Written by Sylvia Prehmus, ESLLC 2015-2016
In the history of the planet there have been five great mass extinctions, where between 25 to 90% of existing species were wiped out: the Ordovician-Silurian, the Devonian, the Permian, the Triassic, and the Cretaceous extinctions.
The exact causes of these extinctions are not fully known but scientists theorize that volcanic ash or large meteor impacts may have caused the latter three. Now, however, it is believed that a sixth great mass extinction is occurring or is in the near future and this one falls squarely on the shoulders of humans. By the year 2100, human activities that pollute the air and water, land clearing, and overfishing may have driven more than half of the world’s marine species to extinction to say nothing of the terrestrial species that depend on healthy oceans for their existence.
No doubt climate change is a contributor, but the problem is larger than a single species that cannot adapt to altered environments. The collapse on one species helps bring down others. In the words of geologist Peter Ward,
“You could almost analogize [mass extinctions] to a house of cards. Each species helps prop up another in a sense, because the creature that you eat is the card that is sitting under you that gives you your energy. Now let’s pretend that we start kicking out card, after card, after card, and that’s want a mass extinction does, isn’t it. It starts knocking out a species here, knocks out a species there, but pretty soon, lots of species are gone.”
Soon enough the whole house of cards comes crashing down. Humans have accelerated this process a hundred fold by bring in invasive species as well as destroying habitats through our own destructive behaviors. In Guam the brown tree snake originally from New Guinea, has traveled from its native island to others by curling up in the wheel housing of plane landing gear. Once arrived the snake would climb trees and feed on the eggs and young of the native birds which, having evolved in an environment without such predators had no defense. As a result nine of Guam’s eleven native bird species have been driven to extinction. Hawaii now faces a similar problem as the snakes move from Guam to the archipelago.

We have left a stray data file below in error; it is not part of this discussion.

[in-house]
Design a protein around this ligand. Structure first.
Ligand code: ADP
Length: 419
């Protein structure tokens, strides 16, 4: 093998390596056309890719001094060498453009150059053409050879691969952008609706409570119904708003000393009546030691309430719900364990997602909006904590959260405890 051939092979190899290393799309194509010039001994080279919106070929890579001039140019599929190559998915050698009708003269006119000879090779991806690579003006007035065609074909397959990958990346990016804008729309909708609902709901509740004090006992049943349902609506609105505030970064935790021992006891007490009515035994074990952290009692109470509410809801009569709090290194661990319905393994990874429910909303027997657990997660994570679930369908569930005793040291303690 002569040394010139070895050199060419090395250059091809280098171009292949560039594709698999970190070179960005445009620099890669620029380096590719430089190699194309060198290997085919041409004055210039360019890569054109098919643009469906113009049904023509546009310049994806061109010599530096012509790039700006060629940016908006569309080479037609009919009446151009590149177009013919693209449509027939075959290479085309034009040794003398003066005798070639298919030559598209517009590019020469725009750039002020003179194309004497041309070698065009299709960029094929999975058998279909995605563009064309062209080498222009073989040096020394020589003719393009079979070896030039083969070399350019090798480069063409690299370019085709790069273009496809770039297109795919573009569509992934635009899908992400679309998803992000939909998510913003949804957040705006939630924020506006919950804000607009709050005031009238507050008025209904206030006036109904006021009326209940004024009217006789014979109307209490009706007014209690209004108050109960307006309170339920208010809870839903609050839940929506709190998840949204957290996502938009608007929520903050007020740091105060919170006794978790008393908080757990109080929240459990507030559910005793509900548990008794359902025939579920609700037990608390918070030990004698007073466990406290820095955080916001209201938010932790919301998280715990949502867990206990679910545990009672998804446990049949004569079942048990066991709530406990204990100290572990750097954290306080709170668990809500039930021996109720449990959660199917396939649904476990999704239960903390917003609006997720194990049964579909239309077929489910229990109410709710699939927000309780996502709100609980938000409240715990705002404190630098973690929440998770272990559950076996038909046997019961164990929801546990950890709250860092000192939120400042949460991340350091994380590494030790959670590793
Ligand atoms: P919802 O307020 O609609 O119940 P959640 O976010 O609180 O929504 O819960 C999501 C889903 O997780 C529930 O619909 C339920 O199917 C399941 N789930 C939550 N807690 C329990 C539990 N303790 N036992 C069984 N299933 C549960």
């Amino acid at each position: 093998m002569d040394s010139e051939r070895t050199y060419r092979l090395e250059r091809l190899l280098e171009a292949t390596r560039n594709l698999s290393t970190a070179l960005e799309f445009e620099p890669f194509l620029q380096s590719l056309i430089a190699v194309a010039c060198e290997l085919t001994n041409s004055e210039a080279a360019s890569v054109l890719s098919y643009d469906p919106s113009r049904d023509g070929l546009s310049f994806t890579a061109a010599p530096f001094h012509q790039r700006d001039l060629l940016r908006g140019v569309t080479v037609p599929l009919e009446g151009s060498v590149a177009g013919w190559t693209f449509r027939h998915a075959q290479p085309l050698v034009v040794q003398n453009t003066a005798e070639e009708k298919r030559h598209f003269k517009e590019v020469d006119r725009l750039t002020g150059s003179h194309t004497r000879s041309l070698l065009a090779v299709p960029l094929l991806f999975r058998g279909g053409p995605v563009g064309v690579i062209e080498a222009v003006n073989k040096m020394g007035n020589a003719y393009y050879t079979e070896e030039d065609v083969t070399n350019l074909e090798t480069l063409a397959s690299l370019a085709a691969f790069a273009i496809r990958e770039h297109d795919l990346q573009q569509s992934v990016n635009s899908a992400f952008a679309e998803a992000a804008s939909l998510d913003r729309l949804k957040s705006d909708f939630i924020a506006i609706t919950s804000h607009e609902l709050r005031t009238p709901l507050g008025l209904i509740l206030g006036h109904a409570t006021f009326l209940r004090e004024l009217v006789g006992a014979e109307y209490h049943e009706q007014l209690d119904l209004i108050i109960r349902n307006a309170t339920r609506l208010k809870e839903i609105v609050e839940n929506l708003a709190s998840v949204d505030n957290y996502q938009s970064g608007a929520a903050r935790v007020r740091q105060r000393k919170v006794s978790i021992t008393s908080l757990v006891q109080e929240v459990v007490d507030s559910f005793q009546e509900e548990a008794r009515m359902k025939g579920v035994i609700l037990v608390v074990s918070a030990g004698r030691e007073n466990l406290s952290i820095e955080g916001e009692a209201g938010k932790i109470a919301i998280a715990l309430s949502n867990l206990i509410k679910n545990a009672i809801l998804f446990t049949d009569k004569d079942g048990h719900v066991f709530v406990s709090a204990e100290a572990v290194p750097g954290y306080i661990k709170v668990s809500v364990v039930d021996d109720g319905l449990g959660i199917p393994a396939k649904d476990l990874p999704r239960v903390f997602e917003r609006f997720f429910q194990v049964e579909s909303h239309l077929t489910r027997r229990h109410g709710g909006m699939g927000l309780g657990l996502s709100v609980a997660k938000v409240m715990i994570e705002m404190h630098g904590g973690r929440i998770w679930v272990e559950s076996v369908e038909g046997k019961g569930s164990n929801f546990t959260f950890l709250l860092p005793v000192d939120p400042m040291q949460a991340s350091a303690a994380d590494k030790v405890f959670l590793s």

These events go to show how delicate the balance of species can be. If the remaining species, and by extension human civilization, are to be saved, the time to act has already passed. Damage control must be implemented immediately in large scale movements if we do not want to loss the rest of the diverse and magnificent species that populate our only planet.
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Novacek, Michael. “Diversity in Clades.” Understanding Evolution. California Academy of Sciences, n.d. Web. 07 Mar. 2016.
Tung, Allison. “Silent Spring: Stop the Brown Tree Snake’s Invasion of Hawaii.” ForceChange. N.p., n.d. Web. 07 Mar. 2016.